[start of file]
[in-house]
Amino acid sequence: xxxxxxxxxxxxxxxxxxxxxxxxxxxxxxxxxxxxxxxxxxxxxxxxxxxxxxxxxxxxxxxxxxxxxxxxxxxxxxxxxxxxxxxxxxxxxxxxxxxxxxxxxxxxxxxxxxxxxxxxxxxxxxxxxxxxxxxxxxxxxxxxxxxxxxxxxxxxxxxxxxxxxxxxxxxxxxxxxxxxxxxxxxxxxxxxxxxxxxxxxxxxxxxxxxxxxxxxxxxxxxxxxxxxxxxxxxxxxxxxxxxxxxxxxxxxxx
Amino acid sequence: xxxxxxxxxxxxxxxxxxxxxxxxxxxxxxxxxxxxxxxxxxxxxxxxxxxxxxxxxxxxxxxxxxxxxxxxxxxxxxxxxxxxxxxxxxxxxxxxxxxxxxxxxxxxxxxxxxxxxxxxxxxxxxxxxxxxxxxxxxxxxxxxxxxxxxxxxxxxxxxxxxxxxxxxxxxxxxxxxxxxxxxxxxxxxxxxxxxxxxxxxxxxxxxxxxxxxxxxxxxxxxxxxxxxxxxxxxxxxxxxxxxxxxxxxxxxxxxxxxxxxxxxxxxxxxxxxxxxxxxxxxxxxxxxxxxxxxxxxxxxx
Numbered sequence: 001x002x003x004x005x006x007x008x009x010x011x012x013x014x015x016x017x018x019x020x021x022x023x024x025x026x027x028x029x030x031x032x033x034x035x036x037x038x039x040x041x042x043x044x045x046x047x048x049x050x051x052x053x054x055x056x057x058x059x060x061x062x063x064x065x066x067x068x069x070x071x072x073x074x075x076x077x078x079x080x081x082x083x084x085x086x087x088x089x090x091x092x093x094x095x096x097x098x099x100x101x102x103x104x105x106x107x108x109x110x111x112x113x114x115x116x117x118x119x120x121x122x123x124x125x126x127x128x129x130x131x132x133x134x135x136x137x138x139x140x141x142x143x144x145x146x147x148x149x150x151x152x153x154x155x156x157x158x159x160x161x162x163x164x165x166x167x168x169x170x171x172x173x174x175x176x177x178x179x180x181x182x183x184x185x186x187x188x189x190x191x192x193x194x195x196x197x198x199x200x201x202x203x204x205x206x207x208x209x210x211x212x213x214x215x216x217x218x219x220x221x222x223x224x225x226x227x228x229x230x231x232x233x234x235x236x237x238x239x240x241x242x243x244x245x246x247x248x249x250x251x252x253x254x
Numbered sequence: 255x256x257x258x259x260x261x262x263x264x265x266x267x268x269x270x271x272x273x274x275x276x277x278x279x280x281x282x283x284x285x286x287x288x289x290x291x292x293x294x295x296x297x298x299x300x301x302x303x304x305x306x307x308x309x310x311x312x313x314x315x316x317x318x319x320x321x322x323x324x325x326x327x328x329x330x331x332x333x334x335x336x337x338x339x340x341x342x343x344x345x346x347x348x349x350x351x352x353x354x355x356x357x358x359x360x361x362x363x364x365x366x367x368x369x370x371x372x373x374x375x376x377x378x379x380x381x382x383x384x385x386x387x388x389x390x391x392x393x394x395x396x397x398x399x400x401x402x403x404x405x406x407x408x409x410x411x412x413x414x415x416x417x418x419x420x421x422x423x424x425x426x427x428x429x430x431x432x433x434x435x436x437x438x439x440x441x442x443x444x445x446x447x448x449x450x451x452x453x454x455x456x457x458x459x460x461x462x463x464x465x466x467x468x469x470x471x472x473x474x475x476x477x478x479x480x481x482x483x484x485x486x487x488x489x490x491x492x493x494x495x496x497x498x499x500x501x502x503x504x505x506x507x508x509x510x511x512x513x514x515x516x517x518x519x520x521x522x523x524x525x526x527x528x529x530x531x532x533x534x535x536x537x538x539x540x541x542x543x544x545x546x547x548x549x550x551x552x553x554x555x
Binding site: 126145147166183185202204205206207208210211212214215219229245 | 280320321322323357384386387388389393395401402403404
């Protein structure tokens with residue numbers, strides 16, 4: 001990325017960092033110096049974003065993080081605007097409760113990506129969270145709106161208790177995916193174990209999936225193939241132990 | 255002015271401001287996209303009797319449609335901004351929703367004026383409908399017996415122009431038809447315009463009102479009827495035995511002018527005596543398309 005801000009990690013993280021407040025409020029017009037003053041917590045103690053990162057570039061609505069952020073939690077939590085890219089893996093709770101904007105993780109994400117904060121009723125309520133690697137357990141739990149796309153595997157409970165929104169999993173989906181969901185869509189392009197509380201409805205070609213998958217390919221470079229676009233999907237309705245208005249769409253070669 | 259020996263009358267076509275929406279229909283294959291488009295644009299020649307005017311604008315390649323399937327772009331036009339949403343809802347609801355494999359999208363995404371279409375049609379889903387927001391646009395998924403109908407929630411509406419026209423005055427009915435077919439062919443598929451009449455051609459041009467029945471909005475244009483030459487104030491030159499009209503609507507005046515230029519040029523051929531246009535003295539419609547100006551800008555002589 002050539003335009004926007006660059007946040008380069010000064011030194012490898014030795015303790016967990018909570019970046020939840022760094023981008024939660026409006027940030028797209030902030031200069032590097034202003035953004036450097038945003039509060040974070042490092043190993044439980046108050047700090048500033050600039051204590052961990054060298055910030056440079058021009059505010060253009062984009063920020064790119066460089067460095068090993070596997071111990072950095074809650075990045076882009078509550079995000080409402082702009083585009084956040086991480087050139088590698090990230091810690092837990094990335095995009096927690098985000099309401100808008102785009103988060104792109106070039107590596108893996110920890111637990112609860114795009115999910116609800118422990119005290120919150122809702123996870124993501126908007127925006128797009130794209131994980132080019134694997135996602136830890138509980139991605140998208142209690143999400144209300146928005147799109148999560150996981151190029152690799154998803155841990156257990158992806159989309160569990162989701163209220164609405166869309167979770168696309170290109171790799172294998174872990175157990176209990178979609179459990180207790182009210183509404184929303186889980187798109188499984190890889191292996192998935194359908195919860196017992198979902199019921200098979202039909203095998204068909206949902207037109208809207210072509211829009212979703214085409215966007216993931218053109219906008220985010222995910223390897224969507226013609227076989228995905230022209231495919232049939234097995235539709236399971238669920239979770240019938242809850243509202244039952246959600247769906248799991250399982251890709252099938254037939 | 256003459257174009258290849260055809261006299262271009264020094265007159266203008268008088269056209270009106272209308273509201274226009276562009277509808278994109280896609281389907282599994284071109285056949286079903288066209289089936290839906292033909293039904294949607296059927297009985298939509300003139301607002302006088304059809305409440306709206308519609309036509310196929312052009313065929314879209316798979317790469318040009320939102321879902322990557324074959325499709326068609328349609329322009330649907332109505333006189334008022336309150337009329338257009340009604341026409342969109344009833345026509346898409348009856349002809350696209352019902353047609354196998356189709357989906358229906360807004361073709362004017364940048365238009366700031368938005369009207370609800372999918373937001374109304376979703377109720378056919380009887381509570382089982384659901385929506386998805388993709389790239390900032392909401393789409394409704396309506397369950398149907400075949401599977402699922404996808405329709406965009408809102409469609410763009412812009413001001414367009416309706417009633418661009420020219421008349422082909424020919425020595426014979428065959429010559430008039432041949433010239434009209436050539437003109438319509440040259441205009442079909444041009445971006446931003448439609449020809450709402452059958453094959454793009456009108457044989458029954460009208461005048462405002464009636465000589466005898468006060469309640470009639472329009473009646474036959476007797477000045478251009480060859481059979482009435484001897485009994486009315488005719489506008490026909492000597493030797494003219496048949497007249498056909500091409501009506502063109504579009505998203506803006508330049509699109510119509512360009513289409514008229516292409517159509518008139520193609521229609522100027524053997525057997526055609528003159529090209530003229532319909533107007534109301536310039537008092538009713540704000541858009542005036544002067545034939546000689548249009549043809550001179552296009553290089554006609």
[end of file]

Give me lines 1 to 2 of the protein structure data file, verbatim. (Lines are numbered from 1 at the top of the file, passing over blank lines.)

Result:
[in-house]
Amino acid sequence: xxxxxxxxxxxxxxxxxxxxxxxxxxxxxxxxxxxxxxxxxxxxxxxxxxxxxxxxxxxxxxxxxxxxxxxxxxxxxxxxxxxxxxxxxxxxxxxxxxxxxxxxxxxxxxxxxxxxxxxxxxxxxxxxxxxxxxxxxxxxxxxxxxxxxxxxxxxxxxxxxxxxxxxxxxxxxxxxxxxxxxxxxxxxxxxxxxxxxxxxxxxxxxxxxxxxxxxxxxxxxxxxxxxxxxxxxxxxxxxxxxxxxxxxxxxxxx